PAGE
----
We all want our children to be safe and well while they are in the care of others, and nowhere is that more important than when they are at school....Read more
Like any road user, cyclists face serious risks of injury when they are out and about riding on our roads. However, knowing the main hazards for cyclists and cycling with caution, while staying aware of your surroundings, will reduce the risk of you being involved in a cycling accident.
Unfortunately, many cycling accidents happen at T-junctions. This is often due to drivers coming out of the junction onto the main road and crashing into cyclists riding past the junction. Sometimes drivers who are turning off the main road and across oncoming traffic fail to give way, colliding with cyclists travelling in the opposite direction.
Roundabouts are a common location for cycling accidents, particularly larger roundabouts with several exits. Serious injuries to cyclists usually happen when drivers enter the roundabout without giving way to a passing cyclist, or they exit the roundabout and fail to see the cyclist riding to the side of them.
Drivers often forget when leaving their parked vehicle to check behind them before opening their door. Cyclists are then knocked off their bikes by the car door when it unexpectedly opens into their path. It is the responsibility of drivers to check it is safe to open their door. The latest version of the Highway Code advises using the ‘Dutch Reach’ method by opening your car with the hand furthest from the door. Cyclists can help prevent accidents with parked vehicles by cycling a little more central to give more distance.
Potholes are a significant issue for cyclists on our roads and pose a big safety risk. Bikes can’t go over potholes like other vehicles, and can sometimes cause the bicycle to stop suddenly, throwing the cyclist over the handlebars. Potholes can damage wheel trims preventing the bike from working properly. A cyclist may have a claim under Section 41 of the Highways Act 1980 if there is a pothole or a poor road surface. The questions are:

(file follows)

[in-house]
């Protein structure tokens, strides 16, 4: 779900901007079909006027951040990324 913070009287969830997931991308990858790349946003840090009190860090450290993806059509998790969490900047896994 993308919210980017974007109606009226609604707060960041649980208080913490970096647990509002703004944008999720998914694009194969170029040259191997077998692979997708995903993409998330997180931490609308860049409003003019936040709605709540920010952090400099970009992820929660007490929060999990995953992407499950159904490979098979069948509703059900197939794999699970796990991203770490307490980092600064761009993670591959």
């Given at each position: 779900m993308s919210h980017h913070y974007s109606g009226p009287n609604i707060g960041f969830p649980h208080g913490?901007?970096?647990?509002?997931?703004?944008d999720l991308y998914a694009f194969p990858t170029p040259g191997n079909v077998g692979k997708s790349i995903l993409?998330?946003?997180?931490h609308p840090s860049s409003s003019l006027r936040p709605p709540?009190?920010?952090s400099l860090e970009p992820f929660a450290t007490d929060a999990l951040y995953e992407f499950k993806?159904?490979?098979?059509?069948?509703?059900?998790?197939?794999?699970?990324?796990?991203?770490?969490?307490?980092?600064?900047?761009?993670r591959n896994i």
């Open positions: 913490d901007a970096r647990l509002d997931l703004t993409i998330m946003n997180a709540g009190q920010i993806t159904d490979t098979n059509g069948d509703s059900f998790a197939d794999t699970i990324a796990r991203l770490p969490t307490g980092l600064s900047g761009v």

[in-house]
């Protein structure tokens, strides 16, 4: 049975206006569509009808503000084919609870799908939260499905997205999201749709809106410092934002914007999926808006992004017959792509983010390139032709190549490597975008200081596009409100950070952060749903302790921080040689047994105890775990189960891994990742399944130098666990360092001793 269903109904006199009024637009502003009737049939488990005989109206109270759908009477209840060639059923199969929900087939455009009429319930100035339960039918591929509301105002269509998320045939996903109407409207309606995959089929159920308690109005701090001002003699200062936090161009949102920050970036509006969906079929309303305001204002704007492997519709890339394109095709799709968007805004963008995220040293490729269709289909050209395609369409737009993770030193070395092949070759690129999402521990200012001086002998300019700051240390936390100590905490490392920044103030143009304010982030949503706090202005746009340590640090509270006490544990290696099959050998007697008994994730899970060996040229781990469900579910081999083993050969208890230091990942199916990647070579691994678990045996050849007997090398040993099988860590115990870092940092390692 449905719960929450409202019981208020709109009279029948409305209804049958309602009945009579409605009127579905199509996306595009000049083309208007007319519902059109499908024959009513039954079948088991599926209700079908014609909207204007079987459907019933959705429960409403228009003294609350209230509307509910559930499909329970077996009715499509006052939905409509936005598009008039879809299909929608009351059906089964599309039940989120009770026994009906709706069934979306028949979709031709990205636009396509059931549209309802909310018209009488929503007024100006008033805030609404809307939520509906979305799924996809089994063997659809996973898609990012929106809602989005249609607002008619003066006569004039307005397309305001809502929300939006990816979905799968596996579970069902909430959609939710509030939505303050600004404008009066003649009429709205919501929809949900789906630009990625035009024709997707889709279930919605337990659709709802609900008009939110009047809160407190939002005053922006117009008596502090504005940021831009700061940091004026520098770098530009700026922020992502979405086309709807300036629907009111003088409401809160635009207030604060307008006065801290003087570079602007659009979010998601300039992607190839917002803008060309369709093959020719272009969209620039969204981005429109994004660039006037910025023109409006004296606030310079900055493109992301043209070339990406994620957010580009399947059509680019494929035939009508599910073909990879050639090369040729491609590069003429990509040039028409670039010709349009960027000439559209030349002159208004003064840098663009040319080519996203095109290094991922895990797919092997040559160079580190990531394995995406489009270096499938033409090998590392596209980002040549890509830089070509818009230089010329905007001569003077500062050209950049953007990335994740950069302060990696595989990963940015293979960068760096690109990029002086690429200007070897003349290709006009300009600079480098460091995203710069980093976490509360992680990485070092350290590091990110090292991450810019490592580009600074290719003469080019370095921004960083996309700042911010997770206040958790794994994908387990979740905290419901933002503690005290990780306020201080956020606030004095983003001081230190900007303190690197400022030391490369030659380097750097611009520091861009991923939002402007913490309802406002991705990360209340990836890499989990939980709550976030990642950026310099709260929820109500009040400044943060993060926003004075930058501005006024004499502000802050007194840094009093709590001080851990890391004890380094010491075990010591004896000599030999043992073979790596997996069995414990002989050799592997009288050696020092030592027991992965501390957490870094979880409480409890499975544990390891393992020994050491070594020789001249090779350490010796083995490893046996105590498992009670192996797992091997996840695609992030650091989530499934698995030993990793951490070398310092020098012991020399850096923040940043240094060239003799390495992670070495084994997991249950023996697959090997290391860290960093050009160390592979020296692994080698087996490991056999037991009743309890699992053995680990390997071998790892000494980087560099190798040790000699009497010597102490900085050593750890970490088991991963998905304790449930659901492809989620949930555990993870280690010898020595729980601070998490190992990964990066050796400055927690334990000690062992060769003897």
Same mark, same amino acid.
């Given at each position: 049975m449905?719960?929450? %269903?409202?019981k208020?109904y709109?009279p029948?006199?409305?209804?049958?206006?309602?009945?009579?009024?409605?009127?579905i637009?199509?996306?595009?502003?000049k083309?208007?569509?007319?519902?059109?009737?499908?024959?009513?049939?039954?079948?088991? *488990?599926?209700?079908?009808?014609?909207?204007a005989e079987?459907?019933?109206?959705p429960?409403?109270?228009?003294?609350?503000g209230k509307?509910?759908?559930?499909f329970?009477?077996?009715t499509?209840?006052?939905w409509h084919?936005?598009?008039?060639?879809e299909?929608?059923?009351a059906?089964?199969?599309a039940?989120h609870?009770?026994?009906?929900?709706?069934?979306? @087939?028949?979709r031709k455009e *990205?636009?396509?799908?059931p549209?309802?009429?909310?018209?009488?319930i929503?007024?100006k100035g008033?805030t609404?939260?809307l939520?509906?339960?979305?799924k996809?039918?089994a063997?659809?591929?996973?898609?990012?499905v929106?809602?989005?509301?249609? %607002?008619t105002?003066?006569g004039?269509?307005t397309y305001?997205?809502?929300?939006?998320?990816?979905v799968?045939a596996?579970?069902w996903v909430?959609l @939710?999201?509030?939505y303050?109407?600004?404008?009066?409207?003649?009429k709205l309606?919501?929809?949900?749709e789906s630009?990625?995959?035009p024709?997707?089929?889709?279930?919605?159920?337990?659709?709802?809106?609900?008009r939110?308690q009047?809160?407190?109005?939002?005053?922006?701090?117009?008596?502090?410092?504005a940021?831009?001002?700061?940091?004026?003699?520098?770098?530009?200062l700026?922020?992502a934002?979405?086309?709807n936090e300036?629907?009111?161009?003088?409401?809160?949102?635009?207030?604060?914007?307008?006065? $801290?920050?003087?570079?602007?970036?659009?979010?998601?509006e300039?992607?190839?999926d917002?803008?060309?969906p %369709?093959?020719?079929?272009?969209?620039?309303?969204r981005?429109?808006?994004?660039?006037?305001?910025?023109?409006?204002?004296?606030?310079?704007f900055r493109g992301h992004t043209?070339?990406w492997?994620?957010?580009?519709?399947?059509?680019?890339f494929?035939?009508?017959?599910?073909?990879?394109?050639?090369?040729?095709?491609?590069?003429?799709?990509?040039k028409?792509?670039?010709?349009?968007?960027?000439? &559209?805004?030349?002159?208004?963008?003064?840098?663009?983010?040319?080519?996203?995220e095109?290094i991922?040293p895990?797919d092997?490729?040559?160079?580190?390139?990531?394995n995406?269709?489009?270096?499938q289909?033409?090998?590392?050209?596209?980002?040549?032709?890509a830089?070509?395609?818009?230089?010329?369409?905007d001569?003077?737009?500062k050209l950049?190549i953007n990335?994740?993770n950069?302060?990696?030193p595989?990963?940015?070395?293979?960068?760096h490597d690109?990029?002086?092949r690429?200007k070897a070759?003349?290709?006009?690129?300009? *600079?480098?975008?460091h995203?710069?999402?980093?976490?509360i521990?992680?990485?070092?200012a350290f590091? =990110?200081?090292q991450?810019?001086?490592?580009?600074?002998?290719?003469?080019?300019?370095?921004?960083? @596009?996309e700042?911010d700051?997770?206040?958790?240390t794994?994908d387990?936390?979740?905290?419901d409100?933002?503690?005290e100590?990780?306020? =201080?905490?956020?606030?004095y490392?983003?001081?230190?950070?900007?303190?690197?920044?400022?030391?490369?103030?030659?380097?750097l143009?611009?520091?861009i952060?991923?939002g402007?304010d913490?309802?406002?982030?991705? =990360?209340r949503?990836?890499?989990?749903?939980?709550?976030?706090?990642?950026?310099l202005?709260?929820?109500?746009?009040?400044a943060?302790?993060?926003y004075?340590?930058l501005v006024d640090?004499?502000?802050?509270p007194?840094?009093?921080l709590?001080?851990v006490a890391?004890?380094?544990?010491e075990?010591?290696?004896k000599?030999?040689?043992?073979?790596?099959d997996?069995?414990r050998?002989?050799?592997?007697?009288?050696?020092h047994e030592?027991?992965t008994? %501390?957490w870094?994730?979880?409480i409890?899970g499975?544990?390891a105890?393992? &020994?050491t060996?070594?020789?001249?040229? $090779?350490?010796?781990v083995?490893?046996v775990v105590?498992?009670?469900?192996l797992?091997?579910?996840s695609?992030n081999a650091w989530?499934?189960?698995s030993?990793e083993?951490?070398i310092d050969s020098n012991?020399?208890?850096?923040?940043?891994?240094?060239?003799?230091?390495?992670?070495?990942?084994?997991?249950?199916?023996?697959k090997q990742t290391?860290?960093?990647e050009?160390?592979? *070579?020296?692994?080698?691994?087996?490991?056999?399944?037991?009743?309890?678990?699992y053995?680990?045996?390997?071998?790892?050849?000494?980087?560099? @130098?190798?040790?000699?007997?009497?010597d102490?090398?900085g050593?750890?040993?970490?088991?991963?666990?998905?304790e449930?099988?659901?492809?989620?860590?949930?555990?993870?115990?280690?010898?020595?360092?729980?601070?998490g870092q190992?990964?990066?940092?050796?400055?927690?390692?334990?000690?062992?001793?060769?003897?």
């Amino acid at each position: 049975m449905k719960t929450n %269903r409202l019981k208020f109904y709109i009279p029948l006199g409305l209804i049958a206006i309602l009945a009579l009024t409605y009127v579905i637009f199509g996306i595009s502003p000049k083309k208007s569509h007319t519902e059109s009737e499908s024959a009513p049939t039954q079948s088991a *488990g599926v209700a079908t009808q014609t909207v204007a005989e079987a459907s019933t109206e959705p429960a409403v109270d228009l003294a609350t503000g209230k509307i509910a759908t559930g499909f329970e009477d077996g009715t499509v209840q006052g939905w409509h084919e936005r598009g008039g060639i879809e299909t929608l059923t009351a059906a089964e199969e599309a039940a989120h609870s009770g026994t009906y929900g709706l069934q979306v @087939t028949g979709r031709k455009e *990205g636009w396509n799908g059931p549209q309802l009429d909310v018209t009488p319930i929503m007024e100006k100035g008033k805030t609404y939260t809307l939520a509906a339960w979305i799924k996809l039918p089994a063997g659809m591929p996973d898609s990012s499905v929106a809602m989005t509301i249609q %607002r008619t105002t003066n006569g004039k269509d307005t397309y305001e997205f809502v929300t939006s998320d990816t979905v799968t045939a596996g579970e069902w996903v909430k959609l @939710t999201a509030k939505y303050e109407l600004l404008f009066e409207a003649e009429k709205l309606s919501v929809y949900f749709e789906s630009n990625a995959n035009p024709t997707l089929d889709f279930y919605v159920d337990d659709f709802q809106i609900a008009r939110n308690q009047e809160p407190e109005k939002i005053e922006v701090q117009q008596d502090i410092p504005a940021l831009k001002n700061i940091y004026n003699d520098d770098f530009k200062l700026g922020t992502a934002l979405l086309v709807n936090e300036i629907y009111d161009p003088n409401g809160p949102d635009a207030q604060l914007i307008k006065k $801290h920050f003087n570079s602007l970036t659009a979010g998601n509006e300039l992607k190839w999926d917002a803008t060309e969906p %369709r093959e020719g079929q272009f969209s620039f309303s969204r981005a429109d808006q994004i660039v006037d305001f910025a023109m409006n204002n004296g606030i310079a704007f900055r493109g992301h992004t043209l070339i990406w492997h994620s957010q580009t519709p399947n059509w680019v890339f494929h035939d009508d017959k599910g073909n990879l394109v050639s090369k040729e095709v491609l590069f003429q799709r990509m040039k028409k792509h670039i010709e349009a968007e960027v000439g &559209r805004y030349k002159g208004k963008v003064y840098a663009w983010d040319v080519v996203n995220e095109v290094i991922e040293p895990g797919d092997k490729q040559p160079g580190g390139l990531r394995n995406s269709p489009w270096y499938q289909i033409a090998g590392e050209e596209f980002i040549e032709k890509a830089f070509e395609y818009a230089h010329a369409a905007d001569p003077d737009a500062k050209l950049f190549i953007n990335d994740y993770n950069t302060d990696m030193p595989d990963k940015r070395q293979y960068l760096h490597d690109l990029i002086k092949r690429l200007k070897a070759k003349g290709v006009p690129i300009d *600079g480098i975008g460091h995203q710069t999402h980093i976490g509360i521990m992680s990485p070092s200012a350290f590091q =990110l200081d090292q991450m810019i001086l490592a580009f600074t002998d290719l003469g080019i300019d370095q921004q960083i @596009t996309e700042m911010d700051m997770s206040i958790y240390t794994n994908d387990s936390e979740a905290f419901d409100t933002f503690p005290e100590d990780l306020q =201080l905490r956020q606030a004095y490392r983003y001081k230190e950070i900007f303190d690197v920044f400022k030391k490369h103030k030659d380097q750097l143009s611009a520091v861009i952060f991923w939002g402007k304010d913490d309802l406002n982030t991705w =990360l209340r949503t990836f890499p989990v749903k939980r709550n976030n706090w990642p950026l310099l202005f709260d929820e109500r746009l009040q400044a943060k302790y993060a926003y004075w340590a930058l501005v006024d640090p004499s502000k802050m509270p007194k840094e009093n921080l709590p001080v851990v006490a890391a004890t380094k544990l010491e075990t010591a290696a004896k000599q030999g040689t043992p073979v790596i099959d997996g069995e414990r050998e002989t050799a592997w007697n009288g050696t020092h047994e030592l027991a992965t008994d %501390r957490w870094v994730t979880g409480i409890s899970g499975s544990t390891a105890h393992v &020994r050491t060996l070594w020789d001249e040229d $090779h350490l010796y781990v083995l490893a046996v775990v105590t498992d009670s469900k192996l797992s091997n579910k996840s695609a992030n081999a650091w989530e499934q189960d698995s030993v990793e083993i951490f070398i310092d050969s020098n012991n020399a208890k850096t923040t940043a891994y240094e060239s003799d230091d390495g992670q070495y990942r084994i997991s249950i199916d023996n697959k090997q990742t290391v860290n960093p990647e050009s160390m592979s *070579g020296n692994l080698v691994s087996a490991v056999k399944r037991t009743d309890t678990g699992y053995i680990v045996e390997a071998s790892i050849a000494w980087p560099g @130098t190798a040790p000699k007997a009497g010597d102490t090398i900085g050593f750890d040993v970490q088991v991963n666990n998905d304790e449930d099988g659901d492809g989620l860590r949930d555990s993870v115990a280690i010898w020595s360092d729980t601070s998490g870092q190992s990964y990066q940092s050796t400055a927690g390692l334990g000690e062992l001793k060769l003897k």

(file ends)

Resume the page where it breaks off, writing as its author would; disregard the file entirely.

- What caused the accident?
- What caused the accident to be dangerous?
- Did the highway authority take reasonable steps to avoid the accident?
The volume of cars and other vehicles on our roads means that cyclists often filter through lanes or overtake slow-moving traffic. This can cause serious cycling accidents when drivers fail to check their mirrors or blind spot before changing lanes and colliding with cyclists.
Anna Cole says:
“Cyclists are one of the most vulnerable road users and are therefore often the Claimant rather than the Defendant in personal injury claims.
“It is important cyclists are aware of the most common risks to their safety so that they can take the necessary precautions wherever possible. This often involves anticipating what other road users might before they do it and maintaining 100% awareness of your surroundings. It also means always wearing a helmet that conforms to current regulations and wearing clothing that is light coloured or fluorescent so that other road users can see you, particularly in poor or fading light.”
If you or a loved one has been injured in a cycling accident that wasn’t your fault, it is important to speak to a specialist personal injury solicitor who specialises in cycling accident compensation claims. This ensures you receive the best medical treatment, rehabilitation and support available, and secure maximum compensation.
Our solicitors have many years of experience helping cyclists secure cycling accident compensation. To book a free, no obligation chat with us, call 0800 884 0777, email email@example.com or complete our online enquiry form.